Monday, November 18, 2019

The Peanut Butter Falcon


In the movie to most thoroughly warm your heart this year, Zak (Zack Gottsagen), a young man with Downs Syndrome, runs away from the rest home where he restlessly stays with all the old people, and bumps into Tyler (Shia LaBeouf) a borderline vagabond who's struggling to hold his life together in the rural Outer Banks of North Carolina. They form an unlikely team and go on the lam together, evading vengeful fishermen, and a pretty caregiver, Eleanor (Dakota Johnson). Their destination? Friendship, adventure, and a wrestling school, where Zak plans to meet his hero and fulfill his dream of becoming a wrestler.

Written and directed by Tyler Nilson and Michael Schwartz.

I feel like there's not much more I could say to tempt you if the premise doesn't already have you sold. You look at the characters there, and the situation they're put in, and the rest of the appeal of the film just falls into place. Unexpected bonds, high adventure in the American South, danger and fun laid out side-by-side; it's relaxed and easy-going like all true Southern films should be, but cares deeply about the characters and their journeys. All that it promises with perfect clarity through the set-up, and it delivers on every promise with an impassioned sense of duty. Oh, and did I mention romance? I thought romance was dead in film; not in The Peanut Butter Falcon!

There were two things I was sorely missing in 2019's line-up of new releases, and this movie filled both those holes in one go: Adventure, and romance. On the adventure side, it goes just about as far as it can without getting into a fantasy sub-genre. It has that otherworldly feel of the rural south (and I say that as someone who lives amid it) that it sinks deep into like a muddy river, and that world does the work of suspending your disbelief for you. It's true adventure -- with quests and perils, beautiful scenery and lots of walking. On that note the cinematography was lovely; there's a certain style that perfectly captures the laid-back feel of southern living, like in Jeff Nichols' Mud, and this one has it.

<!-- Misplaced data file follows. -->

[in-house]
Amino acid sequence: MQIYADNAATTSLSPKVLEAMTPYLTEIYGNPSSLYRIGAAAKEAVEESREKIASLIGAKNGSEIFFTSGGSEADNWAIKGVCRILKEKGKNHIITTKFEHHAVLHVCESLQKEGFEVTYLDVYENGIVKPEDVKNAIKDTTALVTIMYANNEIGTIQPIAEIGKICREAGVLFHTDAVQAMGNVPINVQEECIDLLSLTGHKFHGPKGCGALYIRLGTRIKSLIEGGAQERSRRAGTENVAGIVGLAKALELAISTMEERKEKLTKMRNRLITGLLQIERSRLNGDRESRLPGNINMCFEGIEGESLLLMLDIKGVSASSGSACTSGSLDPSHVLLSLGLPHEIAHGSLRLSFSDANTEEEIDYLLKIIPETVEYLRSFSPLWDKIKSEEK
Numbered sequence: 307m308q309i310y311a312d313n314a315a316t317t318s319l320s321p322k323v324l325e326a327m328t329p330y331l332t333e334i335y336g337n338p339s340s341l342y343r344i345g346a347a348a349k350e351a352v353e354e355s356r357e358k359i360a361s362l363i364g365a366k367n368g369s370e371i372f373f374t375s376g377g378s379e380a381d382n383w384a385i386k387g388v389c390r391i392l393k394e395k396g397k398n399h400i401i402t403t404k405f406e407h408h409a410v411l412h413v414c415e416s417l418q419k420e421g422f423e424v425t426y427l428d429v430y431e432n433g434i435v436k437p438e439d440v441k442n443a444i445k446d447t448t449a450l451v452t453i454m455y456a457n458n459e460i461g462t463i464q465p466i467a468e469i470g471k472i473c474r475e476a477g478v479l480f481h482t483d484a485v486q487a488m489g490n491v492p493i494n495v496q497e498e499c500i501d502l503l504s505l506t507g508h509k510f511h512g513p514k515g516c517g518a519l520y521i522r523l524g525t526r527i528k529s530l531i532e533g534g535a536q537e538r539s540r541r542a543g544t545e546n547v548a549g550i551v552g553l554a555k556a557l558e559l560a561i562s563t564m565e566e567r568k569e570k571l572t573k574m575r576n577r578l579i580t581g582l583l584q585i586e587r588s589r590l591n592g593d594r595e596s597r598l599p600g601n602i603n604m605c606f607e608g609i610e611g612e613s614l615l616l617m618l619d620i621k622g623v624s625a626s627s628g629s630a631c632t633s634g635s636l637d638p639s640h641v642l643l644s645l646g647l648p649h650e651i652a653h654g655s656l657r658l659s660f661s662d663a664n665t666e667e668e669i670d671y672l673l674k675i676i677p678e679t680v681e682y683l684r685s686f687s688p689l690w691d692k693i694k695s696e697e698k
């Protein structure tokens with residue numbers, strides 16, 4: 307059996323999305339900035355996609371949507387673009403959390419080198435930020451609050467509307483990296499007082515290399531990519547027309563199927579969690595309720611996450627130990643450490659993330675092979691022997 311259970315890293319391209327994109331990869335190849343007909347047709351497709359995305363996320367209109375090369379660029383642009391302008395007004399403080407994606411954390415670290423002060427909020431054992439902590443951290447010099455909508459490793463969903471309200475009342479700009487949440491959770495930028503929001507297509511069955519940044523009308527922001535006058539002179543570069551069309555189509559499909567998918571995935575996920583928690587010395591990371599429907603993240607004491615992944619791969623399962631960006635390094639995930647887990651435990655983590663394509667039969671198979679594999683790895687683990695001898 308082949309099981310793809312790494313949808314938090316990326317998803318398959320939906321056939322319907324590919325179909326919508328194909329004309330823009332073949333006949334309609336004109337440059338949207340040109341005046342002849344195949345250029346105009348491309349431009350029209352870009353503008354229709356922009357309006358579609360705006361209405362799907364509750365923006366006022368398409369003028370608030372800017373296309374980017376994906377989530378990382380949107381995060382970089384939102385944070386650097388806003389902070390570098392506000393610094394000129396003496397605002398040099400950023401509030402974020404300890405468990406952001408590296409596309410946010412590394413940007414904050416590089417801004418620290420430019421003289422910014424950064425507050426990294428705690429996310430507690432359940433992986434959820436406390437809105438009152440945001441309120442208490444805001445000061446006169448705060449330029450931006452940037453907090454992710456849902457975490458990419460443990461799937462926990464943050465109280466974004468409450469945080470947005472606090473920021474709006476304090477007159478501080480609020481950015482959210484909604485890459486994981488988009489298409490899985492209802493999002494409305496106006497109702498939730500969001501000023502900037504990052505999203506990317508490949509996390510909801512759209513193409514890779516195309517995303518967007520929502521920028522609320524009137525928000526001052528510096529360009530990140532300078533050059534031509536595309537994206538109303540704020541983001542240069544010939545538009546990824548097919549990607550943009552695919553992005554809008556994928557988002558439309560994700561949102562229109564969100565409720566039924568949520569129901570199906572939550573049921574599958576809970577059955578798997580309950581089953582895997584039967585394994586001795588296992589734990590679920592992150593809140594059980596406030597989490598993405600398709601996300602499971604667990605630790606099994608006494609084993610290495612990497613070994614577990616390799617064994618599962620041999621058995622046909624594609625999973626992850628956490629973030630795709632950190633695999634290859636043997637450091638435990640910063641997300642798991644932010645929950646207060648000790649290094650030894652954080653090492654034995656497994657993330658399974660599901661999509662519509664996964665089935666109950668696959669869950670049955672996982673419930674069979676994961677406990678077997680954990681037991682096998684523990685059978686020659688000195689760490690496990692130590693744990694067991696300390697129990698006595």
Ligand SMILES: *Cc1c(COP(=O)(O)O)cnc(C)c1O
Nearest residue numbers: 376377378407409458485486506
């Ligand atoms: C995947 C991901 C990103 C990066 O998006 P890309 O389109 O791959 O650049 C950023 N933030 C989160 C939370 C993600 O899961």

Even without the entertaining plot and neat, thoughtful characters, this movie is lovely to watch.

Then on the romance, it's weird to me how in general movies have lost touch with romance, especially if it's a side plot. It's somehow become annoyingly clinical, like filmmakers are afraid of having two characters gaze at each other and show the audience the moments that make the characters fall in love. I don't mind that filmmakers and trying new approaches to romance (for example this year, I appreciated the focus on friendship over romantic feelings in Five Feet Apart). Often I feel that films are holding back though, and even though this movie's romance is on the side, it wastes no time to get to it, or opportunity to develop it and make it sweet and appealing and everything romance should be.

The writers/directors are new to feature films and you can see the care of this first project in the craftsmanship. The movie remembers to pay off everything it sets up and ends every bit as well as it began, not losing steam or interest as productions with less passion behind them are wont to do. But it also is remarkably sure of itself, for the artists being new to the game. They have a great understanding of what makes films entertaining, pacing, and how to convey real meaning through the craft. The film feels personal. Apparently they made it for their friend Zack, so he could have an opportunity to dig into acting on a large stage, and that focus an intent comes through. That's what makes it appealing to audiences who don't know them or Zack from Adam.

Supporting cast includes Jon Bernthal (with less than 5 mins of screen time as usual haha) Thomas Haden Church and Bruce Dern!

I'm sure they worked hard at it, but they must have also gotten lucky, because the cast line-up is perfect, and not just because they nabbed big name stars like Shia and Dakota. They're big, and good actors, yes, but most importantly they fill out their roles beautifully. I hope Shia LeBeouf is back to stay because he's hit a new stride of acting that suits him; never more naturalistic or subtle or universally appealing as this troubled hero teetering on the edge of destruction. He's dark but not weighty. And Dakota Johnson has a soft strength to her that is impossible to mimic and ideal for this character. The more I see of her the more I love her. Zack is a perfect embodiment of this film's heart, and the three of them have grin-inducing chemistry together.

Some movies have magical timing, and this is one. It could have taken so many paths that would've led to an element not coming through properly, but instead everything fell together like clockwork, and I think the result is the best possible outcome; an immensely satisfying feeling. It certainly had perfect timing for me, swooping in, you might say, like a falcon, to save me from the frustration of films that fall short or miss opportunities to dig into the elements of stories that I want to see. I love that The Peanut Butter Falcon wasn't made for me, but because it was made for someone else, I get to see and love it as if it was.

1 comment: